THE TRUE BEING in man is ever free, ever pure, and remains
ever untouched by good or evil. Good and evil have no absolute reality. They exist only so long as man identifies himself with the ego, the false self. When the ego is completely
annihilated, man is freed from the false knowledge of duality
or relativity of good and evil.
Good and evil exist only so long as man thinks himself to
be the doer of actions. If through the grace of the Infinite
Being he is freed from this consciousness of ego, then the
idea of good or bad no longer exists for him.
Merit and demerit are the effects of karma. Because of the
sense of attachment to the false ego, man is subject to this
law. As a man sows, so does he reap. The law of karma op-
erates within the realm of Maya. Man, identifying himself
with the ego, becomes bound by Maya.
In creation and destruction, in happiness and misery, in
success and failure, in every domain of duality is Maya's play.
Such is her nature, and man, because of ignorance, is caught
in the play. But he who is freed from the bondage of Maya
is guided by the Infinite Being, and in His guidance finds
everlasting joy, everlasting peace, everlasting blessedness.
There no waves of duality can arise. There is only the one
Infinite Ocean of peace and joy.
Maya of itself has no independent existence. As Sri Rama-
krishna has said: "The wave is of the ocean, not the ocean
itself." Similarly Maya is of the Infinite Being, but is not the
Infinite Being Itself. Therefore, the bondage and control of
Maya cannot be said to be the same as the control and guidance of God. Yet true it is that the ultimate purpose of the
play of Maya is to lead man Godward to the Infinite Reality. All will ultimately reach God.
Unattached and with perfect balance Maya plays her dual
role. On the one hand it is she who lulls man into forgetfulness of his true nature, and again it is she who awakens him
to the consciousness of God. Within her domain are all the
dual throng. And why? That man may overcome evil with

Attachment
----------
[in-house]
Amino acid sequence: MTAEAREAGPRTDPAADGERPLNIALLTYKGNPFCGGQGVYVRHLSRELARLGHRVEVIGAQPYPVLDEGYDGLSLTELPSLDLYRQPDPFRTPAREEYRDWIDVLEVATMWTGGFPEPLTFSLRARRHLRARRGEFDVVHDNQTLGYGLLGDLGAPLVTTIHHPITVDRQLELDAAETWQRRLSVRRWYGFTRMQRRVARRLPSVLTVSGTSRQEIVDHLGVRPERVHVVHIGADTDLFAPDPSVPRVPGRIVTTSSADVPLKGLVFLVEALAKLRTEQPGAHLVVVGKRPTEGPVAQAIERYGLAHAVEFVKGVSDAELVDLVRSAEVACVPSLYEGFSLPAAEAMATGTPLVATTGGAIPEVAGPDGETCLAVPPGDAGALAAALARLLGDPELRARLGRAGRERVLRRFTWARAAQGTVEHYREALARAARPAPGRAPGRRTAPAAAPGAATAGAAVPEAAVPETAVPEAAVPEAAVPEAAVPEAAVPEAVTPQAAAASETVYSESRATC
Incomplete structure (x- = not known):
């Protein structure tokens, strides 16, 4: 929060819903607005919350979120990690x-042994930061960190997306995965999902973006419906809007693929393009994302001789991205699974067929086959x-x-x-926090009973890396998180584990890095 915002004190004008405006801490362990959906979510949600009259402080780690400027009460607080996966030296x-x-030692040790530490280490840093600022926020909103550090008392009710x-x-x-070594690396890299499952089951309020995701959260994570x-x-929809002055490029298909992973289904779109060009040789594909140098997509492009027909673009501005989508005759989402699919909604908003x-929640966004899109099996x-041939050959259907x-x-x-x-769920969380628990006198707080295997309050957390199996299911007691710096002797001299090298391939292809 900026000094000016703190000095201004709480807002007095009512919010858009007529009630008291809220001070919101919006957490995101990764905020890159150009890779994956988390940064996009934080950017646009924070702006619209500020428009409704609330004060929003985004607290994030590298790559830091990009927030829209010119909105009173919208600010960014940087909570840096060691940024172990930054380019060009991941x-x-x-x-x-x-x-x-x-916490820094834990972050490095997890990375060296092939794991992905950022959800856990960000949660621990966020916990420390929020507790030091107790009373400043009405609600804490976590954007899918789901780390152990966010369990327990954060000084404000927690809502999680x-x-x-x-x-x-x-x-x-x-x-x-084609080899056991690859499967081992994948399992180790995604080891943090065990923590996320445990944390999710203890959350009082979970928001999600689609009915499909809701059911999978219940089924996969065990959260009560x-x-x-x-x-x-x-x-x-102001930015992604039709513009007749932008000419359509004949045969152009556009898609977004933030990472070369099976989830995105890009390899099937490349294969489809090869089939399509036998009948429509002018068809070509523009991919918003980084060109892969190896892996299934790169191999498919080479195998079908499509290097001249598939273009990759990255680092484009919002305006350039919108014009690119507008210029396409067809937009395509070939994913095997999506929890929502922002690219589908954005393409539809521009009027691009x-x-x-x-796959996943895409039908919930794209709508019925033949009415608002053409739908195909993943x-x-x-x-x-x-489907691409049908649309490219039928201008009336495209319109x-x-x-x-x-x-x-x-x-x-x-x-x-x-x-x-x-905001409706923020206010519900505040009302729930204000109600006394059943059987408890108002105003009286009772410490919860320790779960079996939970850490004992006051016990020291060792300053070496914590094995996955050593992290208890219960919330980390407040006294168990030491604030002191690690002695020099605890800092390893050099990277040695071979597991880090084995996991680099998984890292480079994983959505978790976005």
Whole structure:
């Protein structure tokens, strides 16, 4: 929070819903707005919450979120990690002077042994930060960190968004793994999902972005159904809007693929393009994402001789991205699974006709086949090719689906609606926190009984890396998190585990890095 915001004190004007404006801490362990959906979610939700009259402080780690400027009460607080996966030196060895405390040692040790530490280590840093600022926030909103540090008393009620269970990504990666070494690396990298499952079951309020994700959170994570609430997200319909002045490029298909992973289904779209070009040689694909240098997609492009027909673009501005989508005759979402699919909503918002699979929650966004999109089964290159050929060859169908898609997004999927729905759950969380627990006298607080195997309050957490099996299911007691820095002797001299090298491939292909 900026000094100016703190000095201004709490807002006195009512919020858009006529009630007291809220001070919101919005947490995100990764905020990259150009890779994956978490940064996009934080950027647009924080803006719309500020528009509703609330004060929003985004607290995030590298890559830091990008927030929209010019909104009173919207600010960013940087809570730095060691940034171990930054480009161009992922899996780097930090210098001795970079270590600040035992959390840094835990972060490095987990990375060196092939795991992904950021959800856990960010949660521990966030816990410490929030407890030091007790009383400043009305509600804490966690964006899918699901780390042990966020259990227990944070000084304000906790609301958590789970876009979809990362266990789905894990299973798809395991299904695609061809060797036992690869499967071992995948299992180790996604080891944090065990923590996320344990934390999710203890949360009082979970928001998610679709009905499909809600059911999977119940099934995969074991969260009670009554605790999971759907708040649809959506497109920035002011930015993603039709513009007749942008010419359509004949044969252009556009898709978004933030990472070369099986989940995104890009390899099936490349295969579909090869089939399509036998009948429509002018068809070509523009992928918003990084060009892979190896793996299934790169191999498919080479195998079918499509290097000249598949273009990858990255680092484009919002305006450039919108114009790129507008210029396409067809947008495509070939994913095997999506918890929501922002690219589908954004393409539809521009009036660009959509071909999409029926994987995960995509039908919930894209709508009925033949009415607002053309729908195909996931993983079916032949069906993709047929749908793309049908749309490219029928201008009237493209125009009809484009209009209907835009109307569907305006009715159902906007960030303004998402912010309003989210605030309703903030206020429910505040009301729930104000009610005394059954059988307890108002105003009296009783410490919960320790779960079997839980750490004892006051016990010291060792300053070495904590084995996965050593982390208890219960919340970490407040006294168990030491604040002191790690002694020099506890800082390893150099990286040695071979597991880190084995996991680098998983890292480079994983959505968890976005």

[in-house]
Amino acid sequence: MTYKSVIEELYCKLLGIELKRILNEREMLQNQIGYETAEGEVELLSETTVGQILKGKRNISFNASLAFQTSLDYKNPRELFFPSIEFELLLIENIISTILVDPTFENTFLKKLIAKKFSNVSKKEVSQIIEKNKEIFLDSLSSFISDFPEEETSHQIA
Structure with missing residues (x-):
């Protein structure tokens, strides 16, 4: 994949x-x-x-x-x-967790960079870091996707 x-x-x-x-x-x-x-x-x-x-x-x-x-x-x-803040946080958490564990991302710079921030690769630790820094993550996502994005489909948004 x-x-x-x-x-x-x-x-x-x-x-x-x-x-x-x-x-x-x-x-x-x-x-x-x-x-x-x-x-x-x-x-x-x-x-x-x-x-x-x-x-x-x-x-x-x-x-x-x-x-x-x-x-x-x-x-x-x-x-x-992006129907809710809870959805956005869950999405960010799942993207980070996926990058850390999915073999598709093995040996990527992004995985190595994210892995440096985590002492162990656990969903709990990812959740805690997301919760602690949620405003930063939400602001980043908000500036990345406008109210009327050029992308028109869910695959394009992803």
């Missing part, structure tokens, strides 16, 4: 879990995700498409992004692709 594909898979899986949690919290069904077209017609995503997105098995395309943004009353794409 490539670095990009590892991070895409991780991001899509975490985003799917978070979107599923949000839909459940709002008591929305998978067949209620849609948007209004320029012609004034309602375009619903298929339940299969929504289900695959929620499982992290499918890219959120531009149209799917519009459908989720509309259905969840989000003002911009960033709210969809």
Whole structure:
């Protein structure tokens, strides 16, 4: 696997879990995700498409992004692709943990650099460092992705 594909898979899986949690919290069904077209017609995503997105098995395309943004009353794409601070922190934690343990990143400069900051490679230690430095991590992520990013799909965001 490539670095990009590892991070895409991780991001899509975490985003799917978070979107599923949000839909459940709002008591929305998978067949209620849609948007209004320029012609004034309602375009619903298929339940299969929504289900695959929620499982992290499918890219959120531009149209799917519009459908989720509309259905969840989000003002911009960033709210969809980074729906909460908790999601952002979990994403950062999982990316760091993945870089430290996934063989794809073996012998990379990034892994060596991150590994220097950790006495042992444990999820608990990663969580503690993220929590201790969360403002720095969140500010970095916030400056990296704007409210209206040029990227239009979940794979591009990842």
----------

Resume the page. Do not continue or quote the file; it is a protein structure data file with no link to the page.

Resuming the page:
good and finally transcend both. So we see that while Maya
appears to bind, yet by this same bondage man is led toward
freedom, albeit along a winding and tortuous pathway, for
only after many births and much suffering does he finally
recognize the inscrutable play of Maya and surrender himself
to her liberating power.
One truth is certain. Whether he wills to find God in this
present life, or after many more lives of suffering and bond-
age, sooner or later man must seek to find God with wholehearted devotion. And as he seeks Him, he finds Him.
God is the Infinite Existence. In Him there is neither east
nor west, neither within nor without, neither above nor
below. He permeates all space, he is woven warp and woof
into all things. He is immanent, all-pervading unaffected
by forms or boundaries. He is all and He transcends all. Sri
Ramakrishna used to say: "Everything but the Truth of
Brahman has been defiled through the lips of man." No
words can express the glory of God. Sri Ramakrishna would
often wish to reveal the truth of Brahman to his disciples
but his lips were sealed as it were by the Divine Mother
Brahman is Truth, and whosoever observes truthfulness
and wills to know Truth shall surely attain it. The power to
will is the greatest gift bestowed upon man, and nothing can
stand against one whose will is awakened. Will and impulse
or desire, however, must not be confused. Impulse or desire
is a degeneration of the will. What is it that man truly wills?
It is the attainment of Ananda, that everlasting peace, and
this is attained only by finding the Satchidanandar-the Infi-
nite Being, the Infinite Wisdom, and the Infinite Love.
The true purpose of human birth is to fulfill this one, this
only will, to realize God which is truly the motive power
behind all other desires. Unhappy is the man who forgets
this purpose, and loses himself in the meshes of petty desires
and impulses. Desiring first one thing, then another and yet
again something else is but impulse, and can be likened unto
a man, who, desiring to sink a well, digs first in one place
and then in another, never completing one well, and never
reaching the water. Not by such impulses and desires can
the thirst for God be quenched. Therefore, I say unto you,
will to attain the Truth, the Kingdom of Self.
This Kingdom is never lost. It may lie hidden, covered
with dirt, but it is forever within. Brahman is ever pure, ever
free, self-luminous, and that Brahman is one's very Self. Just
as a gold vessel may be covered with dirt, yet lose nothing of
its true nature, so the true Self lies hidden within, and remains forever unaffected by the dirt of ignorance covering it.
Man is ever conscious of the existence of this Self. Every
time he says "my body," "my mind," "my intelligence" etc.,
he unconsciously admits the existence of an "I," of a "Self."
Because of this ignorance which clouds man's true Self, he is
unable to manifest his real nature. Hence the necessity of
spiritual disciplines, and the firm will to unfold this latent